Synthesis and evaluation of a triplex-forming oligonucleotide- pyrrolobenzodiazepine conjugate

Zhanna V. Zhilina, Amy J. Ziemba, John O. Trent, Michael W. Reed, Vladimir Gorn, Qun Zhou, Wenhu Duan, Laurence Hurley, Scot W. Ebbinghaus

Research output: Contribution to journalArticlepeer-review

14 Scopus citations


In most cases, unmodified oligonucleotides designed as antigene molecules are incapable of binding to DNA with sufficient stability to prevent gene expression. To stabilize binding to a polypurine tract in the HER-2/neu promoter, a triplex forming oligonucleotide (TFO) was conjugated to a pyrrolo[1,4]-benzodiazepine (PBD), desmethyltomaymycin, and site-specific DNA binding was evaluated. An activated ester of the PBD moiety was conjugated by an acylation reaction to a free primary amine on a 50-atom aliphatic linker at the 5' end of the TFO. This long aliphatic linker was designed to provide a bridge from the major groove binding site of the TFO to the minor groove binding site of the PBD. Triplex formation by the resulting TFO-PBD conjugate occurred more slowly and with a nearly 30-fold lower affinity compared to an unconjugated TFO. PBD binding to the triplex target was demonstrated by protection from restriction enzyme digestion, and covalent binding to the exocyclic amino group of guanine was inferred by substituting specific guanines with inosines. Although the binding of the TFO was less efficient, this report demonstrates that in principle, TFOs can be used to direct the binding of a PBD to specific location. Further optimization of TFO-PBD conjugate design, likely involving optimization of the linker and perhaps placing a PBD at both ends of the TFO, will be needed to make gene modification robust.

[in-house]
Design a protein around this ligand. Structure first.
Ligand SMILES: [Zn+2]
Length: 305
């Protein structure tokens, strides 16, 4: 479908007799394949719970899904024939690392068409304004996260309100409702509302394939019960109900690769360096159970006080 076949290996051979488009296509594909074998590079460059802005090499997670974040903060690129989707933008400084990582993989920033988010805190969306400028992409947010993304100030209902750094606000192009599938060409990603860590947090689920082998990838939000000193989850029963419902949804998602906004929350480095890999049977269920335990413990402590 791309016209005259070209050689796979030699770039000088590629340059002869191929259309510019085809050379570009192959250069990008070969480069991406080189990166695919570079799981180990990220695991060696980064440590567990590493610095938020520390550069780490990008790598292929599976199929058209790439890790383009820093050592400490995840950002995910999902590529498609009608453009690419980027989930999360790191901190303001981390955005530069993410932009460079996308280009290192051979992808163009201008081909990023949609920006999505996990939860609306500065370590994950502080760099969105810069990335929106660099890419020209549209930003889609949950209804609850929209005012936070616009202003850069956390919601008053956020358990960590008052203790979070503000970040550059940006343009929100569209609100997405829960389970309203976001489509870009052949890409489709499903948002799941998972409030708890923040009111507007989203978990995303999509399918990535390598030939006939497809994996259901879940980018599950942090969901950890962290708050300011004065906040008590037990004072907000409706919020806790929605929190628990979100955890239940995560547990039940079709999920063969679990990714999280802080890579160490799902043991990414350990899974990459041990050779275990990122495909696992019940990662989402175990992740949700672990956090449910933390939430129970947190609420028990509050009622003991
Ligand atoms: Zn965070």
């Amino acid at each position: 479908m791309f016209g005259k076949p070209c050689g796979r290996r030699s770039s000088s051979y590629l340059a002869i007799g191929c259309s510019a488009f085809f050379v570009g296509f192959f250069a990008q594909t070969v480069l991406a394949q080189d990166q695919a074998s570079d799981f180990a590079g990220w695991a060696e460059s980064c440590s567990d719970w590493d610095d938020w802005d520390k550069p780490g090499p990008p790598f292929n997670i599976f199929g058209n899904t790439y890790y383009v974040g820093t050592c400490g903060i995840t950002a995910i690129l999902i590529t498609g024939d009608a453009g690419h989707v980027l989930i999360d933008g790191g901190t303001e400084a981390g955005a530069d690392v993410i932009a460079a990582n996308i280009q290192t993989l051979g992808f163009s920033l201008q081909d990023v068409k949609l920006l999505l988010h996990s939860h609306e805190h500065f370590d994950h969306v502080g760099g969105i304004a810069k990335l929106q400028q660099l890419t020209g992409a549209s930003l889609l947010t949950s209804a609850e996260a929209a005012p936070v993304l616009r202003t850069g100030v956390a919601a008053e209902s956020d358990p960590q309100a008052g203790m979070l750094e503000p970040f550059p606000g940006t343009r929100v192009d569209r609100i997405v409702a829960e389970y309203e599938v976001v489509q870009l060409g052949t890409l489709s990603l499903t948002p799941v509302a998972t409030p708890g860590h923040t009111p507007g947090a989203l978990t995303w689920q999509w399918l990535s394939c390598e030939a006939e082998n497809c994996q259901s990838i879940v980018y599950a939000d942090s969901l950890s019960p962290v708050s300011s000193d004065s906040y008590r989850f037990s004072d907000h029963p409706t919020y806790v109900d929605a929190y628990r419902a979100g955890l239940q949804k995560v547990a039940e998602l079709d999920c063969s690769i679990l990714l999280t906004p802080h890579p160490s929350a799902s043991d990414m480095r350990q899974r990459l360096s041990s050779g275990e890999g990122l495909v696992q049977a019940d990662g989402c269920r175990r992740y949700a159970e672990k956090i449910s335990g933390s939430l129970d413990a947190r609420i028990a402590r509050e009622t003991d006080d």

Original languageEnglish (US)
Pages (from-to)1182-1192
Number of pages11
JournalBioconjugate Chemistry
Issue number6
StatePublished - 2004

ASJC Scopus subject areas

  • Biotechnology
  • Bioengineering
  • Biomedical Engineering
  • Pharmacology
  • Pharmaceutical Science
  • Organic Chemistry


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